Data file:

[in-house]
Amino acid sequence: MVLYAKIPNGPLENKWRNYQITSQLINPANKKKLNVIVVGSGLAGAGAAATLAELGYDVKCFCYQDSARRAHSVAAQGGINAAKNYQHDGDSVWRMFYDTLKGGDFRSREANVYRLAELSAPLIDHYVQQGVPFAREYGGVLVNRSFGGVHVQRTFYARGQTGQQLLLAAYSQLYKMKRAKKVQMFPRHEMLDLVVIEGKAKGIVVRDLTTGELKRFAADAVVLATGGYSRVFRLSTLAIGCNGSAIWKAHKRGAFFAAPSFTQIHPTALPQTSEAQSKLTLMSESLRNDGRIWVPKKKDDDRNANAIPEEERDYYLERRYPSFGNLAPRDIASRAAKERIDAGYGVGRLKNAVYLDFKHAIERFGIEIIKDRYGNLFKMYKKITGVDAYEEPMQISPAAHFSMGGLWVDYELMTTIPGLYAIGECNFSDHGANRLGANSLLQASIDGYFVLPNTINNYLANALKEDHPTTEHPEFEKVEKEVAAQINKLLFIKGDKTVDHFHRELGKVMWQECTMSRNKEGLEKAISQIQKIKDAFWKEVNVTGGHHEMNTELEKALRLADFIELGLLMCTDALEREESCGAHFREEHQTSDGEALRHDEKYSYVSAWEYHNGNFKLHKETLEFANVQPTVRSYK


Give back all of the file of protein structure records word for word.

[in-house]
Amino acid sequence: MVLYAKIPNGPLENKWRNYQITSQLINPANKKKLNVIVVGSGLAGAGAAATLAELGYDVKCFCYQDSARRAHSVAAQGGINAAKNYQHDGDSVWRMFYDTLKGGDFRSREANVYRLAELSAPLIDHYVQQGVPFAREYGGVLVNRSFGGVHVQRTFYARGQTGQQLLLAAYSQLYKMKRAKKVQMFPRHEMLDLVVIEGKAKGIVVRDLTTGELKRFAADAVVLATGGYSRVFRLSTLAIGCNGSAIWKAHKRGAFFAAPSFTQIHPTALPQTSEAQSKLTLMSESLRNDGRIWVPKKKDDDRNANAIPEEERDYYLERRYPSFGNLAPRDIASRAAKERIDAGYGVGRLKNAVYLDFKHAIERFGIEIIKDRYGNLFKMYKKITGVDAYEEPMQISPAAHFSMGGLWVDYELMTTIPGLYAIGECNFSDHGANRLGANSLLQASIDGYFVLPNTINNYLANALKEDHPTTEHPEFEKVEKEVAAQINKLLFIKGDKTVDHFHRELGKVMWQECTMSRNKEGLEKAISQIQKIKDAFWKEVNVTGGHHEMNTELEKALRLADFIELGLLMCTDALEREESCGAHFREEHQTSDGEALRHDEKYSYVSAWEYHNGNFKLHKETLEFANVQPTVRSYK